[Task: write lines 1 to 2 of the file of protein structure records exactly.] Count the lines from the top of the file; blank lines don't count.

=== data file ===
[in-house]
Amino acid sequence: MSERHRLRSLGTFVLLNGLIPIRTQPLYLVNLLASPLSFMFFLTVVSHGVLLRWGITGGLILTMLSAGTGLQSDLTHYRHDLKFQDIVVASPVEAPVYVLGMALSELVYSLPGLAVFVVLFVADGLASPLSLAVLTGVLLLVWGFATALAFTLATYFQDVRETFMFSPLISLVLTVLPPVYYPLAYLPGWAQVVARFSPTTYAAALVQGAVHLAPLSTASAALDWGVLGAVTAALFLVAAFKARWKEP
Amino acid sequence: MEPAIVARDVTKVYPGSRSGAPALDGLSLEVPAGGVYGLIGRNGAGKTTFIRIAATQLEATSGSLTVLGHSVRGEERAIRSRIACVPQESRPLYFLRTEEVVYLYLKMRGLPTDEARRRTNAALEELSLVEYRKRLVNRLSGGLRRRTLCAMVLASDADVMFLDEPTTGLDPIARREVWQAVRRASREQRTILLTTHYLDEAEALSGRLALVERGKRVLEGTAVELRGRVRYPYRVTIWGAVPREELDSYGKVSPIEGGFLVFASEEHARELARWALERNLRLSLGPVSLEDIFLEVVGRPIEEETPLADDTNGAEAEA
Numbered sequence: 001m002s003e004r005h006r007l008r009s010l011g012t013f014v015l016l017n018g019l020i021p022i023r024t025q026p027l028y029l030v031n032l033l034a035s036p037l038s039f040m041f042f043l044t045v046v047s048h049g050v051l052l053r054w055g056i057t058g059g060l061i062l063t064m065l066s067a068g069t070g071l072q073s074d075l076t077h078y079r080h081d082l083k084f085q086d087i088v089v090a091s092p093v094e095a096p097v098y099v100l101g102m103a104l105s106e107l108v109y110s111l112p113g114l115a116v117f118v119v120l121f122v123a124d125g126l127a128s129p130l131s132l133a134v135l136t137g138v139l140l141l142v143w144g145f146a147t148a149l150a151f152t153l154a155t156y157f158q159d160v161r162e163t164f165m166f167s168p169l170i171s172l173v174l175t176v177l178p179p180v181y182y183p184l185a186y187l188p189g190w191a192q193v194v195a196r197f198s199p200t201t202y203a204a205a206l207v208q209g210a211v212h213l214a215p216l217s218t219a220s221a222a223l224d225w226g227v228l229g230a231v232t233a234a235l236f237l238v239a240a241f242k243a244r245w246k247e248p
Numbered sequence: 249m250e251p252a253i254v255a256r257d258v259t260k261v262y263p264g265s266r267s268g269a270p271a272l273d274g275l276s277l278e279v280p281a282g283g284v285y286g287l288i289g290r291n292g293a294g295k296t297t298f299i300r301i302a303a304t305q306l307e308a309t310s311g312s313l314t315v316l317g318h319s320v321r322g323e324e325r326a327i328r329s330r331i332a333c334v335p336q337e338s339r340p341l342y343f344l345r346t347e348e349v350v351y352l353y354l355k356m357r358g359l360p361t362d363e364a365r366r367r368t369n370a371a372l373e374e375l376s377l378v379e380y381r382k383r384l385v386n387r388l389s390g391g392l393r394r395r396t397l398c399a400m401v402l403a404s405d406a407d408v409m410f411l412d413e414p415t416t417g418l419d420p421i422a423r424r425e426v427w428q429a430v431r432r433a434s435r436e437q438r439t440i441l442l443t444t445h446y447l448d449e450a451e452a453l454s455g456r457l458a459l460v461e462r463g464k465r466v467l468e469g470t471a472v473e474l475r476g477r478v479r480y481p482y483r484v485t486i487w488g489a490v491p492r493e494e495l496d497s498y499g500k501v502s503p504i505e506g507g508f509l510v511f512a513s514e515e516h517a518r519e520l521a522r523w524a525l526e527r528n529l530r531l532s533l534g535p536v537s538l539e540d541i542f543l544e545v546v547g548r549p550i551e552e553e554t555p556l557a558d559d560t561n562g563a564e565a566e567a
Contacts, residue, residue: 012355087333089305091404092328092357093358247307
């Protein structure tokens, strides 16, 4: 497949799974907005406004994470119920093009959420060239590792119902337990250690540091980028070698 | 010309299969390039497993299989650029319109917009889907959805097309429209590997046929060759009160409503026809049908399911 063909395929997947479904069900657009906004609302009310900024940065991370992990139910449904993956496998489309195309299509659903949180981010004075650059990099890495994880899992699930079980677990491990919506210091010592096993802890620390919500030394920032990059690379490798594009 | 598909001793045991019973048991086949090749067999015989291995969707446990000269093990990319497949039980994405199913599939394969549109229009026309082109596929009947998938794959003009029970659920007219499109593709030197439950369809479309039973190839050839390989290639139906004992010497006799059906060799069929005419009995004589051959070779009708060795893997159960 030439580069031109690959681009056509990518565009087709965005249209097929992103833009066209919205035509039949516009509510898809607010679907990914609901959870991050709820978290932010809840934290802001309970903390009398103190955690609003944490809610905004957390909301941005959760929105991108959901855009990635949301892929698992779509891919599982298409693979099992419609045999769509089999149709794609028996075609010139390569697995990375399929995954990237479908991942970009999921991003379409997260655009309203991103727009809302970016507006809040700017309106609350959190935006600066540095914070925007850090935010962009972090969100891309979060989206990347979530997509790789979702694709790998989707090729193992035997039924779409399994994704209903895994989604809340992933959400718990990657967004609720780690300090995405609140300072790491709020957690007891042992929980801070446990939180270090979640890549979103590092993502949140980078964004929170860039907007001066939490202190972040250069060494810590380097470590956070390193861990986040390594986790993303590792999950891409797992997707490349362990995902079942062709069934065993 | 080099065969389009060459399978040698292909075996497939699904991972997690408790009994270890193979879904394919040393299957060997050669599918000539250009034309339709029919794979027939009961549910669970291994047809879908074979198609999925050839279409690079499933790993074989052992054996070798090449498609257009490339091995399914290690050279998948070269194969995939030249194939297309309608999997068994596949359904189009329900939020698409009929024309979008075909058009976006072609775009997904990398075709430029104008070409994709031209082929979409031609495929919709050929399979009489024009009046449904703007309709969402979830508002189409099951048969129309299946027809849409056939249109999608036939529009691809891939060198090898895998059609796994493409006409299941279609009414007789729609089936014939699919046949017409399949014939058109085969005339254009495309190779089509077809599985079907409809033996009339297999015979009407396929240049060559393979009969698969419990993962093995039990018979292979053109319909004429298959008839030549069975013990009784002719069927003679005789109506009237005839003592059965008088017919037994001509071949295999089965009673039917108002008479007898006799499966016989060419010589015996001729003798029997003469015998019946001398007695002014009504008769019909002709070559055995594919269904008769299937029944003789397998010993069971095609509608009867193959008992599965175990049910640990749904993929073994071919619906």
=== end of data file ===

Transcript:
[in-house]
Amino acid sequence: MSERHRLRSLGTFVLLNGLIPIRTQPLYLVNLLASPLSFMFFLTVVSHGVLLRWGITGGLILTMLSAGTGLQSDLTHYRHDLKFQDIVVASPVEAPVYVLGMALSELVYSLPGLAVFVVLFVADGLASPLSLAVLTGVLLLVWGFATALAFTLATYFQDVRETFMFSPLISLVLTVLPPVYYPLAYLPGWAQVVARFSPTTYAAALVQGAVHLAPLSTASAALDWGVLGAVTAALFLVAAFKARWKEP